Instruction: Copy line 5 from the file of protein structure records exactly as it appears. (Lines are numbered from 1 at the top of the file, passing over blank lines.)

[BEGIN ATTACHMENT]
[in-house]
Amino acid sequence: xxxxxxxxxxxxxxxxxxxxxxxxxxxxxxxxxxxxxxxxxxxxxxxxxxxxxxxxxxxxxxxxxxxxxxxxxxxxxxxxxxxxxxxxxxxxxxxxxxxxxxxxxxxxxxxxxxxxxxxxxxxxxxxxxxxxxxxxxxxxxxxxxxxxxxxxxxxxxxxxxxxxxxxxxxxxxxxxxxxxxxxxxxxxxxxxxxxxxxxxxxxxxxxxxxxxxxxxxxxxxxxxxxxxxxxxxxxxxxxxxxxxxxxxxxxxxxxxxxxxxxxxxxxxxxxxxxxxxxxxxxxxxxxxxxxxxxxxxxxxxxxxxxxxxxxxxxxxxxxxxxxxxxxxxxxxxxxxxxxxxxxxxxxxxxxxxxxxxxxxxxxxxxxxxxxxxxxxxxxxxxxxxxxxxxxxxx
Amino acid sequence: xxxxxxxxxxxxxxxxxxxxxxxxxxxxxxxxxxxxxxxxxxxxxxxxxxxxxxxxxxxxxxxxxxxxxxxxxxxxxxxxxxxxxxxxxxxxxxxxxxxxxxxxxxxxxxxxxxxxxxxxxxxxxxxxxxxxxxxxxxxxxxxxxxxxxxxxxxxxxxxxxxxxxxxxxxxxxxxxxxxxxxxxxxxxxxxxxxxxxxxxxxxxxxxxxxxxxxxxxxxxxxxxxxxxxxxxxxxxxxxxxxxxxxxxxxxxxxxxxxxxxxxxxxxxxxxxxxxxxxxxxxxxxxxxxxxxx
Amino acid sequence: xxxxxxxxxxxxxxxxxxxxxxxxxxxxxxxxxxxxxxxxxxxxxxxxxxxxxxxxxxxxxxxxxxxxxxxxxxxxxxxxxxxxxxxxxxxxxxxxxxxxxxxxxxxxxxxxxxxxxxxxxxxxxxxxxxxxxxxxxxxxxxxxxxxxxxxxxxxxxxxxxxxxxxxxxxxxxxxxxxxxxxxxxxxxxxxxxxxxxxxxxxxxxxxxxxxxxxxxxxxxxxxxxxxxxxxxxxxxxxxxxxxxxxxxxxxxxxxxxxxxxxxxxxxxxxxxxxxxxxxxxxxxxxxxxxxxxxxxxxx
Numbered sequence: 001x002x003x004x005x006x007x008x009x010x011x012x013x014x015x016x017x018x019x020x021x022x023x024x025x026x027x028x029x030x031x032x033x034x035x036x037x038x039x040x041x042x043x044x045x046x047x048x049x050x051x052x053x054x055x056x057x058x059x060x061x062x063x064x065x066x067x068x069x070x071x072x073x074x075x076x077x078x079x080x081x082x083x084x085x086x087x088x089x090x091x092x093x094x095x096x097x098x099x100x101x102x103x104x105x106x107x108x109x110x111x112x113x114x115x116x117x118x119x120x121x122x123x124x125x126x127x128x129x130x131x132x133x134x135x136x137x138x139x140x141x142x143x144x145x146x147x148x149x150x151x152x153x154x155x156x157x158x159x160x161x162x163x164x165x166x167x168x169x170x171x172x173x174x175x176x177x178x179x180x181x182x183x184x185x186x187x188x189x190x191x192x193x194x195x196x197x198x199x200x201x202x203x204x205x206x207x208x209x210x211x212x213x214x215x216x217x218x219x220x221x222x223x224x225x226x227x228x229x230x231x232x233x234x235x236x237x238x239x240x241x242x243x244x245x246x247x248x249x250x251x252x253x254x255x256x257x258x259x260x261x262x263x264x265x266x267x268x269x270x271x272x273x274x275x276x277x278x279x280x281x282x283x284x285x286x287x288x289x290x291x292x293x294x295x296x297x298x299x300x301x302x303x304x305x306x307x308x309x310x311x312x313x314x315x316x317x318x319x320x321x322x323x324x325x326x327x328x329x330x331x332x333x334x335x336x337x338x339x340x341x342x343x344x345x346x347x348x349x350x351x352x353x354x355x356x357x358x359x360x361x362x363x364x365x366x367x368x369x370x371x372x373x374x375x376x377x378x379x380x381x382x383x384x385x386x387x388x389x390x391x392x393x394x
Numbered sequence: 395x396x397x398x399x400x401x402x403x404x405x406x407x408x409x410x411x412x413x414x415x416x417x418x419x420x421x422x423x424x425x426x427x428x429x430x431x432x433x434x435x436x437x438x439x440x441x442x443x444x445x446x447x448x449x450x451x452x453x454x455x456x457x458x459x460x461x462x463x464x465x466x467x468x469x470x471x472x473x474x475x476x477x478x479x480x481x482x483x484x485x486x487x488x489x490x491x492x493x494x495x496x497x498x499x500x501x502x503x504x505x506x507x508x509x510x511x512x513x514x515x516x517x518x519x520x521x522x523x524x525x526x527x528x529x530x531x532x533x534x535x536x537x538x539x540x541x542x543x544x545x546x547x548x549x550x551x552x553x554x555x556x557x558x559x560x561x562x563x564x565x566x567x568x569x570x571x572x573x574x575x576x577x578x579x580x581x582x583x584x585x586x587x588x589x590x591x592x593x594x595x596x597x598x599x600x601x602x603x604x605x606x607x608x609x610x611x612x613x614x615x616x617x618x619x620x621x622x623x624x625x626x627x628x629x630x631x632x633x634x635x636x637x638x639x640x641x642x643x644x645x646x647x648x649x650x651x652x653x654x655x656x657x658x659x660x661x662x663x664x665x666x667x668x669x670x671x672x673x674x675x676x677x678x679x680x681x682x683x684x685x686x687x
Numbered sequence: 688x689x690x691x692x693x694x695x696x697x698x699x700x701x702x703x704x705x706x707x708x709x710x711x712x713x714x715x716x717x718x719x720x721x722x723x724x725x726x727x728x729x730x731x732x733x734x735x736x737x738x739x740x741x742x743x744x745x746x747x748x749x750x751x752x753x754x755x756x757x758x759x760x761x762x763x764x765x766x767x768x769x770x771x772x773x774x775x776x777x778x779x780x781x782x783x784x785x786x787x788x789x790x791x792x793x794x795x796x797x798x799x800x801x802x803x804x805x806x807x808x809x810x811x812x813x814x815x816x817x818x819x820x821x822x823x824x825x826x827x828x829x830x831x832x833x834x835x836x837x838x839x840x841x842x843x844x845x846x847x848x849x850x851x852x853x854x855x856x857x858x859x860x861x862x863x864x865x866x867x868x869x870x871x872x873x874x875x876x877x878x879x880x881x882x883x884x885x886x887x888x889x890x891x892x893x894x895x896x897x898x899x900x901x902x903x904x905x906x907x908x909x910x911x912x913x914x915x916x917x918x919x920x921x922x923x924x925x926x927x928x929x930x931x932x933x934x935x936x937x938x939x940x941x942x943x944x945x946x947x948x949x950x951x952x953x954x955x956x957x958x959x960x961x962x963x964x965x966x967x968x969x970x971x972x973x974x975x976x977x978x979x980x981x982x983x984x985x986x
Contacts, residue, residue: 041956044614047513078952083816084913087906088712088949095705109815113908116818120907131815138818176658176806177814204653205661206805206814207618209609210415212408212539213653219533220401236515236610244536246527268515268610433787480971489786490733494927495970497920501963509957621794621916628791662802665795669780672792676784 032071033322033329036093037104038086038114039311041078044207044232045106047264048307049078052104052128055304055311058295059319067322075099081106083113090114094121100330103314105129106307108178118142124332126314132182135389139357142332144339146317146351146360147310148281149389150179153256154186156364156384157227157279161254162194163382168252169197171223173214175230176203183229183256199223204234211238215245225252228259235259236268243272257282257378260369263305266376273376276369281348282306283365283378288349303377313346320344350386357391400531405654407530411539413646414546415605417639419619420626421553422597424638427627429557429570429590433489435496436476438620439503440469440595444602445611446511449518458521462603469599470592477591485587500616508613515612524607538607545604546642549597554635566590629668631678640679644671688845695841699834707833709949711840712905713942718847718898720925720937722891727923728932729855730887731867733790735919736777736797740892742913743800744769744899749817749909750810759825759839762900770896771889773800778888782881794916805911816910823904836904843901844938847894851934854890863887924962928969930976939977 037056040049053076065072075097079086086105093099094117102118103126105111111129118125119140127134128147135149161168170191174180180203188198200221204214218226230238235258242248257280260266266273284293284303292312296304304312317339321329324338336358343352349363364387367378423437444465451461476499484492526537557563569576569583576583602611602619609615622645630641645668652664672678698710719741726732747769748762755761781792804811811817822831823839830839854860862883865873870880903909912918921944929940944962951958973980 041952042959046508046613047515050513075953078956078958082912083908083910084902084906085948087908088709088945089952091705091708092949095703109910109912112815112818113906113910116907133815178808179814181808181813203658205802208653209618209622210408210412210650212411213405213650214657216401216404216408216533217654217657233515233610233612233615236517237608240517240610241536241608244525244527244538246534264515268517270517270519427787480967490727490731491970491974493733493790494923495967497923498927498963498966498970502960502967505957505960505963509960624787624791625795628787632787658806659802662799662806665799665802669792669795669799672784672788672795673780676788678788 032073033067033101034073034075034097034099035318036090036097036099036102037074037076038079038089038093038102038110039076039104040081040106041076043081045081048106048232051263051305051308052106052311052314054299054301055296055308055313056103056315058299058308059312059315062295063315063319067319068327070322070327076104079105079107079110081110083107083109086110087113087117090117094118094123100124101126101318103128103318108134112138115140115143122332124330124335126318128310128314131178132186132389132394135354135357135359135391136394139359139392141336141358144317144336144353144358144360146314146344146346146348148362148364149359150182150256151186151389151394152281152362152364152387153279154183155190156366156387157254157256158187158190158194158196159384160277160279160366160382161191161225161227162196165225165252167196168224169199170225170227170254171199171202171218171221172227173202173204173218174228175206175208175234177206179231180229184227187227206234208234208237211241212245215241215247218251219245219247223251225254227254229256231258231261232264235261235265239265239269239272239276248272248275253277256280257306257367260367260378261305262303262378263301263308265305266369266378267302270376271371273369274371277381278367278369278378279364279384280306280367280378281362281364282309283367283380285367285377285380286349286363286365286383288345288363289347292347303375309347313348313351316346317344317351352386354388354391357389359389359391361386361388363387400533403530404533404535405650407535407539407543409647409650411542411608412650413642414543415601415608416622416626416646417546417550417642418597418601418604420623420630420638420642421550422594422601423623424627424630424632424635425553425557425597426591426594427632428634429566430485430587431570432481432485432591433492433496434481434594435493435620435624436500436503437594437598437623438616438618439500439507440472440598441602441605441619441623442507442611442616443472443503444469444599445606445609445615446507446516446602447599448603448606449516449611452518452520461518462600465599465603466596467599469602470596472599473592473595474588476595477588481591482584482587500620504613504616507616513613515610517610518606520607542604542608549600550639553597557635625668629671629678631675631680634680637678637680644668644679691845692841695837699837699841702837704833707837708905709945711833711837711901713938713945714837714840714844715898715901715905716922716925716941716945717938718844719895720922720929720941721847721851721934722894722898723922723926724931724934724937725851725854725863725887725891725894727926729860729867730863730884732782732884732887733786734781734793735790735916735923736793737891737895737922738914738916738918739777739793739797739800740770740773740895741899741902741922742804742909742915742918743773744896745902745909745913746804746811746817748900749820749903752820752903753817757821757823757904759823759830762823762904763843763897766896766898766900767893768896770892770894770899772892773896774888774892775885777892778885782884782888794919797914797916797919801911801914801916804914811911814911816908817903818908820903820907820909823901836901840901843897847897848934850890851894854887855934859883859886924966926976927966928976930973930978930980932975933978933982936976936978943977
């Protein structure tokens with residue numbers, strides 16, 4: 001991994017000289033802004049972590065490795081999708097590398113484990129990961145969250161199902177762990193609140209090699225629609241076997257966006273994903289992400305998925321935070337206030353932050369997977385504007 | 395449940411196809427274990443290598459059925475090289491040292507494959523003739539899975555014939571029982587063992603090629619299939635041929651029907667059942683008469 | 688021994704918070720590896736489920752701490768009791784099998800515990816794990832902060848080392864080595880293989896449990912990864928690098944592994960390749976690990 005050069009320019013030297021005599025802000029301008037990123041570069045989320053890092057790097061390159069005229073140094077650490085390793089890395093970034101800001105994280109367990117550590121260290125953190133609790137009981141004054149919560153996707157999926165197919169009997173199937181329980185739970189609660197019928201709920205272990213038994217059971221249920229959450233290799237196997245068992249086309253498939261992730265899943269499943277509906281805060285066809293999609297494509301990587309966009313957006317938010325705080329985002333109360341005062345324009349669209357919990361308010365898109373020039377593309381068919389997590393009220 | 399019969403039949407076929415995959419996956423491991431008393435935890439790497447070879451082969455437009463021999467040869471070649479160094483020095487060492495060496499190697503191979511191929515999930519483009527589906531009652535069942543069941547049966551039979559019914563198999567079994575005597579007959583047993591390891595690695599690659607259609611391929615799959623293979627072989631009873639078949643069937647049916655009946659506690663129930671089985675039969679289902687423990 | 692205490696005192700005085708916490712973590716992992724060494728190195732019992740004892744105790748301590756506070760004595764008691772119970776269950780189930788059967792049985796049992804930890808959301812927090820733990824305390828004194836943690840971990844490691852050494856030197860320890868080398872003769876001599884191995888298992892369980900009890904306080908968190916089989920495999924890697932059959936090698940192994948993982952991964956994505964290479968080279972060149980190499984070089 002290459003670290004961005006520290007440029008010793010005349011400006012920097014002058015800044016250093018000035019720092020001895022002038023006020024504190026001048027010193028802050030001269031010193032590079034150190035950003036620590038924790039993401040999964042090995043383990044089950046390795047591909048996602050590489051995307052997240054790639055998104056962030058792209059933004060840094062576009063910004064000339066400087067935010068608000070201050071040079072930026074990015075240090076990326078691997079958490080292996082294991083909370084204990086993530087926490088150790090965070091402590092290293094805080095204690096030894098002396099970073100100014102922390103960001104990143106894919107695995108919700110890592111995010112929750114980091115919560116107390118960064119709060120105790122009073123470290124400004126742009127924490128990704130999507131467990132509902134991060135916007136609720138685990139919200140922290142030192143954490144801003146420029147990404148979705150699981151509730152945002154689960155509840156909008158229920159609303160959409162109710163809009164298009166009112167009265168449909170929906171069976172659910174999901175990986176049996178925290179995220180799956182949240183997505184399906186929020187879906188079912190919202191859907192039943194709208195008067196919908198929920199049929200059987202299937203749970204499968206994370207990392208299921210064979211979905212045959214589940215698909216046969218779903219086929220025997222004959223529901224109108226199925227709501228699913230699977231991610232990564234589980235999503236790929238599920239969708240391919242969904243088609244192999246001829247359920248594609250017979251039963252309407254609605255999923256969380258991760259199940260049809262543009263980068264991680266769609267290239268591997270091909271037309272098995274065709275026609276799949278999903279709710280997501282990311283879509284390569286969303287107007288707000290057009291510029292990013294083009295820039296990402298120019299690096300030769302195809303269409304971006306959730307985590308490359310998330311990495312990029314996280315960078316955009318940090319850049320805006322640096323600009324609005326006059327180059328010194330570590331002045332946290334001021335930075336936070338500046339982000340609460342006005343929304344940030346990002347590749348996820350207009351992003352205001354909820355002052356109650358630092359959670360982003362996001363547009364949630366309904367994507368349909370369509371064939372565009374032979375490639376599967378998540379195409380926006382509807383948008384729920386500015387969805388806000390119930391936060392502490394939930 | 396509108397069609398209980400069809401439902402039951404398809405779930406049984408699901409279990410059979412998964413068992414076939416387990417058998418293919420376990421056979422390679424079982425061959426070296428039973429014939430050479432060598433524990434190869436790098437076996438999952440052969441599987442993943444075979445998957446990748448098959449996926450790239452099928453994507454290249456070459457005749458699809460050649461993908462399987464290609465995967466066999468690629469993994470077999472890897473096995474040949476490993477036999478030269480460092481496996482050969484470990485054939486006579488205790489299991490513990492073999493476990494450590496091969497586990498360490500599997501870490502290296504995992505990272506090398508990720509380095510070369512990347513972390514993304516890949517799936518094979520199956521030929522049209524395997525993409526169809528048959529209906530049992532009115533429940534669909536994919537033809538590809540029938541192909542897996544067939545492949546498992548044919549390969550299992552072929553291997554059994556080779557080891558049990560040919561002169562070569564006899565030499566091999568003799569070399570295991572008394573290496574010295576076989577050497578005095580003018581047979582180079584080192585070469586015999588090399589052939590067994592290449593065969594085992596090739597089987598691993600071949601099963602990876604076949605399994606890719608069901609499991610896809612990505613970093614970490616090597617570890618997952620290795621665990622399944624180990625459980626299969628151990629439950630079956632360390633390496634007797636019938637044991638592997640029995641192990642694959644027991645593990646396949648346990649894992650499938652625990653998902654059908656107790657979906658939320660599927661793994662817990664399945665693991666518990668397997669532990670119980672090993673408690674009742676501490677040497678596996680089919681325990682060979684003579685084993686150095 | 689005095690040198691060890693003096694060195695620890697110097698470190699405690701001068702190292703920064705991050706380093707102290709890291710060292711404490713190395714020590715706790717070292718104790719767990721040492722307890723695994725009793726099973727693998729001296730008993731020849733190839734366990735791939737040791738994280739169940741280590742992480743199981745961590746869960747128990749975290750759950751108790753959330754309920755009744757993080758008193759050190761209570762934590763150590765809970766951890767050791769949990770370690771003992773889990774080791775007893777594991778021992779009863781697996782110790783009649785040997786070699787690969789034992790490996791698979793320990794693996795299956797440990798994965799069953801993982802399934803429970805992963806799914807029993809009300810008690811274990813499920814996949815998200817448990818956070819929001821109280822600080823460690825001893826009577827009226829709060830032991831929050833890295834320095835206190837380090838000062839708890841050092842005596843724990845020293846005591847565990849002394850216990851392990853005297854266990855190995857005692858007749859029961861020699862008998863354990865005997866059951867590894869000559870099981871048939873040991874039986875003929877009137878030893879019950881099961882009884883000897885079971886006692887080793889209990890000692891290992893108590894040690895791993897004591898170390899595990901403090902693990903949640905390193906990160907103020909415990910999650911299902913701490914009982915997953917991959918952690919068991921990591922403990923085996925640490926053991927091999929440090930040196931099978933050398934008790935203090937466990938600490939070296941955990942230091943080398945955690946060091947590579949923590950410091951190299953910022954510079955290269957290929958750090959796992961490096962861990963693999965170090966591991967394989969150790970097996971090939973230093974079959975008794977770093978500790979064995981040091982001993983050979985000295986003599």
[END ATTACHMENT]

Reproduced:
Numbered sequence: 001x002x003x004x005x006x007x008x009x010x011x012x013x014x015x016x017x018x019x020x021x022x023x024x025x026x027x028x029x030x031x032x033x034x035x036x037x038x039x040x041x042x043x044x045x046x047x048x049x050x051x052x053x054x055x056x057x058x059x060x061x062x063x064x065x066x067x068x069x070x071x072x073x074x075x076x077x078x079x080x081x082x083x084x085x086x087x088x089x090x091x092x093x094x095x096x097x098x099x100x101x102x103x104x105x106x107x108x109x110x111x112x113x114x115x116x117x118x119x120x121x122x123x124x125x126x127x128x129x130x131x132x133x134x135x136x137x138x139x140x141x142x143x144x145x146x147x148x149x150x151x152x153x154x155x156x157x158x159x160x161x162x163x164x165x166x167x168x169x170x171x172x173x174x175x176x177x178x179x180x181x182x183x184x185x186x187x188x189x190x191x192x193x194x195x196x197x198x199x200x201x202x203x204x205x206x207x208x209x210x211x212x213x214x215x216x217x218x219x220x221x222x223x224x225x226x227x228x229x230x231x232x233x234x235x236x237x238x239x240x241x242x243x244x245x246x247x248x249x250x251x252x253x254x255x256x257x258x259x260x261x262x263x264x265x266x267x268x269x270x271x272x273x274x275x276x277x278x279x280x281x282x283x284x285x286x287x288x289x290x291x292x293x294x295x296x297x298x299x300x301x302x303x304x305x306x307x308x309x310x311x312x313x314x315x316x317x318x319x320x321x322x323x324x325x326x327x328x329x330x331x332x333x334x335x336x337x338x339x340x341x342x343x344x345x346x347x348x349x350x351x352x353x354x355x356x357x358x359x360x361x362x363x364x365x366x367x368x369x370x371x372x373x374x375x376x377x378x379x380x381x382x383x384x385x386x387x388x389x390x391x392x393x394x